Here's what we found:
- The installation process for the game is, by all accounts, clunky and
unfriendly. You might be able to get away with that on the PS2, which doesn't have a unified, easy-to-use online
service, but it's shameful to allow the same to happen on the 360 which has won kudos for being user friendly.
- Requiring consumers to complete an hours-long installation process before fees are spelled out is shady and
manipulative. Researchers have demonstrated that large sunk costs (of time or of money) increase the likelihood that
individuals will continue to pay for small incremental charges that occur later. Final Fantasy XI's install
process seems to prey on this common psychological vulnerability: the upfront cost of the game ($50 plus tax/shipping)
is followed by a large time investment (the hours-long install process). By the time the $13.95 minimum monthly fee is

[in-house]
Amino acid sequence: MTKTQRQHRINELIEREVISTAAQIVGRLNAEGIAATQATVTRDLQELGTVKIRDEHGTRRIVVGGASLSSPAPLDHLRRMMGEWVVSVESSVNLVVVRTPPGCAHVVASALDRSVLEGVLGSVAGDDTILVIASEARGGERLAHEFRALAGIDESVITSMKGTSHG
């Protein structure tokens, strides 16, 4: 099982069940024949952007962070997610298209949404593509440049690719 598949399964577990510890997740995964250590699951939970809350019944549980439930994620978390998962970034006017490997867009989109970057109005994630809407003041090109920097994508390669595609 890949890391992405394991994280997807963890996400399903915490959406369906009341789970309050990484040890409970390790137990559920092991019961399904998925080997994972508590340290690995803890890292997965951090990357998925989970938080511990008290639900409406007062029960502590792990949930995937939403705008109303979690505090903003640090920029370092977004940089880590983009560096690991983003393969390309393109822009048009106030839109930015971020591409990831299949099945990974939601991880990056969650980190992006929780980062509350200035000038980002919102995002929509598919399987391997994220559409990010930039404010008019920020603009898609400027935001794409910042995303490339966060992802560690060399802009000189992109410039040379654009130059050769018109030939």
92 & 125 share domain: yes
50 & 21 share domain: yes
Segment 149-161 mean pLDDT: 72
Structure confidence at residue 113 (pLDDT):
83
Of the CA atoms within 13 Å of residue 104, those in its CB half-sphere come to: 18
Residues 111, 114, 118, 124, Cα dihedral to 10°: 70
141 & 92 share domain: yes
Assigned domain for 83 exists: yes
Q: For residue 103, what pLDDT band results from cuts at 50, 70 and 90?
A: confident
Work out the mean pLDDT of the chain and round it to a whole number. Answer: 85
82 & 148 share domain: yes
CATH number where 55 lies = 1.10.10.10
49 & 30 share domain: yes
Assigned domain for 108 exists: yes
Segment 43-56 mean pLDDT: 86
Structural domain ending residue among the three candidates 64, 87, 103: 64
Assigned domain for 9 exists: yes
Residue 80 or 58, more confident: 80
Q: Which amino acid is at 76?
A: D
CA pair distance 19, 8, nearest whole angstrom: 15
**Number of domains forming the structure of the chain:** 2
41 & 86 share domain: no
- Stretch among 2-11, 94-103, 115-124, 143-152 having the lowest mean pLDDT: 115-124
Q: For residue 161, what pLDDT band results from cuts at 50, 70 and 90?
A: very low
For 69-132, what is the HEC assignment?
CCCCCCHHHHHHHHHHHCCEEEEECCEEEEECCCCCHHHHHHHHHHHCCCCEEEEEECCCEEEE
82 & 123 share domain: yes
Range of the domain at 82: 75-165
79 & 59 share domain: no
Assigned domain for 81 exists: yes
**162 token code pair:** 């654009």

disclosed, many gamers may feel that they may as well follow through after such large investments of time and money.
- Fee disclosure should happen up front, at the retail level. None of the following retailers we checked
disclose the fact that this game will cost more than $12.95 per month. We checked Amazon.com, Target.com, Gamestop.com,
Outpost.com, Costco.com, and Walmart.com.
Meanwhile, other MMOG-type games do disclose their monthly
The Amazon.com product description for Everquest II includes an explicit
statement: "Note: This game requires an Internet connection and charges a monthly fee payable by credit card or
pre-paid game card (sold separately)." World of Warcraft's product
description also includes a clear statement to this effect: "A monthly subscription fee is required to play
Why are these fees never disclosed for Final Fantasy XI? How are parents supposed to
make good purchasing decisions if game retailers and marketers aren't honest about the full cost of the products that
[Update 1: Fixed some ambiguous language around the fees. Also, would like to point out here
that most reader comments simply confirm the fact that our readers are quite informed about the costs of MMOGs. The
point is that the general public -- who don't read Joystiq -- are not quite so up-to-date on game fee structures, and
shouldn't have to be.]